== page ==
The percentage of Americans fearing a personal infection from the coronavirus has nearly doubled in the past month, according to the latest USA Today/Ipsos poll released Monday.
Still, the fear remains a significant minority, as just 29% personally fear a “high threat” in contracting the virus, but that percentage is almost twice the 15% who feared the same in last month’s poll.
“At first, I thought, OK, we’re going to have to do this; everyone stay at home for a few weeks, for a month, and we’ll be back to normal,” Brent Charnigo, 39, of Cleveland, among those surveyed, told USA Today. “Now it’s clear that’s not going to be the case. It’s going to be long-lasting. Years.”
While President Donald Trump and the coronavirus task force weighs reopening parts of the U.S. economy, perhaps regionally based, Samantha Piotrowski, 27, of Jersey City, New Jersey, still fears a long haul in her area – one of the epicenters of the pandemic in the U.S.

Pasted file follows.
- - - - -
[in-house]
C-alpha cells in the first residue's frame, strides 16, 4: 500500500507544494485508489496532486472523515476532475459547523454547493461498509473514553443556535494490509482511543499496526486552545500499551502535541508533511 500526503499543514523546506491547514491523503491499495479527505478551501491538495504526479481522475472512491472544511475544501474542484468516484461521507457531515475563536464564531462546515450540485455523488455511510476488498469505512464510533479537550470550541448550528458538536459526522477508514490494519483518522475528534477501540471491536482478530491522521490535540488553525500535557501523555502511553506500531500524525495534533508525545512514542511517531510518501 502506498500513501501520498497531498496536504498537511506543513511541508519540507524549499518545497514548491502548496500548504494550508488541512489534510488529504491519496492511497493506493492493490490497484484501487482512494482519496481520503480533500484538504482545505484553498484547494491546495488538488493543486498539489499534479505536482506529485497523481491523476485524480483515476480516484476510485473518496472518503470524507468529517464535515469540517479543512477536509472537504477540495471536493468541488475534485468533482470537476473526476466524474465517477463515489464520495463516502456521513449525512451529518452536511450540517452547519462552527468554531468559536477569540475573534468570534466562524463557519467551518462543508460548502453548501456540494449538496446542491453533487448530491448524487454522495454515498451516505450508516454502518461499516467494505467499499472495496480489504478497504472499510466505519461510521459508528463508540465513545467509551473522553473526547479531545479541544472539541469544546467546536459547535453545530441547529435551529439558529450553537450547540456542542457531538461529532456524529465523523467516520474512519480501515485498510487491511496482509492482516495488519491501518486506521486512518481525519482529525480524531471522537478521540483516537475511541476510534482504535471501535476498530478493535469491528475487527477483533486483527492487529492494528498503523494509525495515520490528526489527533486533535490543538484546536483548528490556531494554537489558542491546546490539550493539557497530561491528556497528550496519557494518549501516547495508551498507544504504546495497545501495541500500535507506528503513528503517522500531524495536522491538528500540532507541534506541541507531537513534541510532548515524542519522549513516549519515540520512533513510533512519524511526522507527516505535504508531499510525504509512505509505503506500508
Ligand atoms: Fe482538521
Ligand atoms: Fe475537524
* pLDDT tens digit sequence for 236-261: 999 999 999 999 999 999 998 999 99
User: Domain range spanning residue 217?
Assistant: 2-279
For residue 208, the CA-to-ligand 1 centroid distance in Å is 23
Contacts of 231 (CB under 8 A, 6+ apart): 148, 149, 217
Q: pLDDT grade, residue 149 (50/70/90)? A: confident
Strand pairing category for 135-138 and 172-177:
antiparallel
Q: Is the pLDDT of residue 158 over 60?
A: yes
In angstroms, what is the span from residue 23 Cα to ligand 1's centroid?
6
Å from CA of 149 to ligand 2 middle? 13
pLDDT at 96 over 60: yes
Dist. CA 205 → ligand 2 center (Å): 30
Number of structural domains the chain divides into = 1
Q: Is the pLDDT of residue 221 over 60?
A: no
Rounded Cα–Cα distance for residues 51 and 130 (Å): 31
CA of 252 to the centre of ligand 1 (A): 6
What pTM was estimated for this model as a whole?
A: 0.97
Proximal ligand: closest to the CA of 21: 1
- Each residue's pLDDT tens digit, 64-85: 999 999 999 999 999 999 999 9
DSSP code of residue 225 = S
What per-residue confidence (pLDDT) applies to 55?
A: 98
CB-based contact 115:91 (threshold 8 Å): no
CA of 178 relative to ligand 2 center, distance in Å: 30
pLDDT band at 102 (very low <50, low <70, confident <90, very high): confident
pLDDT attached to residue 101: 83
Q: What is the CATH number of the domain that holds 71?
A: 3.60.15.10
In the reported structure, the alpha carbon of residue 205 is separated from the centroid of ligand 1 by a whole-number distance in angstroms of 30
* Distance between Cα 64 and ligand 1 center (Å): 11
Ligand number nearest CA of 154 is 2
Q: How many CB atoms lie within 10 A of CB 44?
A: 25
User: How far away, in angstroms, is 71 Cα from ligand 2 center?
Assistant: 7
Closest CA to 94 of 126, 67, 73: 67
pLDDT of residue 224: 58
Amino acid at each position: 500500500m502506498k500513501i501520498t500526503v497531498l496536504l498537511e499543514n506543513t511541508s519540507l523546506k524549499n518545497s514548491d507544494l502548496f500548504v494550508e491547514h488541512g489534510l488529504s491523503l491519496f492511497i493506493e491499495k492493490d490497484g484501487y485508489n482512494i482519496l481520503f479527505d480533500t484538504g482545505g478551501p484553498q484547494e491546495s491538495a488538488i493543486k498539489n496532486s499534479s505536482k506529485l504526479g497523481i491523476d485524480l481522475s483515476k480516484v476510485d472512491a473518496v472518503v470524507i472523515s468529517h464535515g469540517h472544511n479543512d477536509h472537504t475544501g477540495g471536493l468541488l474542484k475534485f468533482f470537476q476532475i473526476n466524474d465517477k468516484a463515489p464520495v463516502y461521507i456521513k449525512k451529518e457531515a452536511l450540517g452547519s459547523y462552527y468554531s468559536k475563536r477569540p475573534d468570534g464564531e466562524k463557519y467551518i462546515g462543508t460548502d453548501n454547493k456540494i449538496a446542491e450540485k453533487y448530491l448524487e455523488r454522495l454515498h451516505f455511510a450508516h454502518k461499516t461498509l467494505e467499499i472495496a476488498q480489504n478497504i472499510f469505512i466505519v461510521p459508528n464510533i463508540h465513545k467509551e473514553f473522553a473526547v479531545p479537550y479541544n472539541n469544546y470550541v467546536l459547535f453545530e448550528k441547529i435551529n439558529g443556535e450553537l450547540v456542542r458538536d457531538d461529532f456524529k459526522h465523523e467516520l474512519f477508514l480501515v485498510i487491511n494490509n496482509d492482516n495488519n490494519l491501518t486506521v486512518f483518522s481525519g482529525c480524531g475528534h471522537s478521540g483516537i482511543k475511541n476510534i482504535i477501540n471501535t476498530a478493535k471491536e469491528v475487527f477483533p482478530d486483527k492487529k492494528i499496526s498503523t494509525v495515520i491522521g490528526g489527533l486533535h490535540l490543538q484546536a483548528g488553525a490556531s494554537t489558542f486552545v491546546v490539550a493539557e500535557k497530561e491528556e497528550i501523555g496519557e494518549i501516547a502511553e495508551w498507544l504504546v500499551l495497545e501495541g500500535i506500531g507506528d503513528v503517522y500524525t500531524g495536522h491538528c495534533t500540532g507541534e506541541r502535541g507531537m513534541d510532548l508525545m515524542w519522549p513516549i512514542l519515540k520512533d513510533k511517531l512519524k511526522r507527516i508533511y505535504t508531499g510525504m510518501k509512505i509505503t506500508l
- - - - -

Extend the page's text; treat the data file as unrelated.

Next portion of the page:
“I could see it going to the end of the year,” Piotrowski, also polled and interviewed after, told USA Today. “I can’t see it getting better until there’s a vaccine found.”
Meanwhile, Americans sensing a “high threat” to the U.S. economy has more than doubled in the past month, from 34% to 71%, per the poll.
USA Today/Ipsos polled 1,005 American adults between April 9-10 with a margin of error of plus or minus 3.5 percentage points.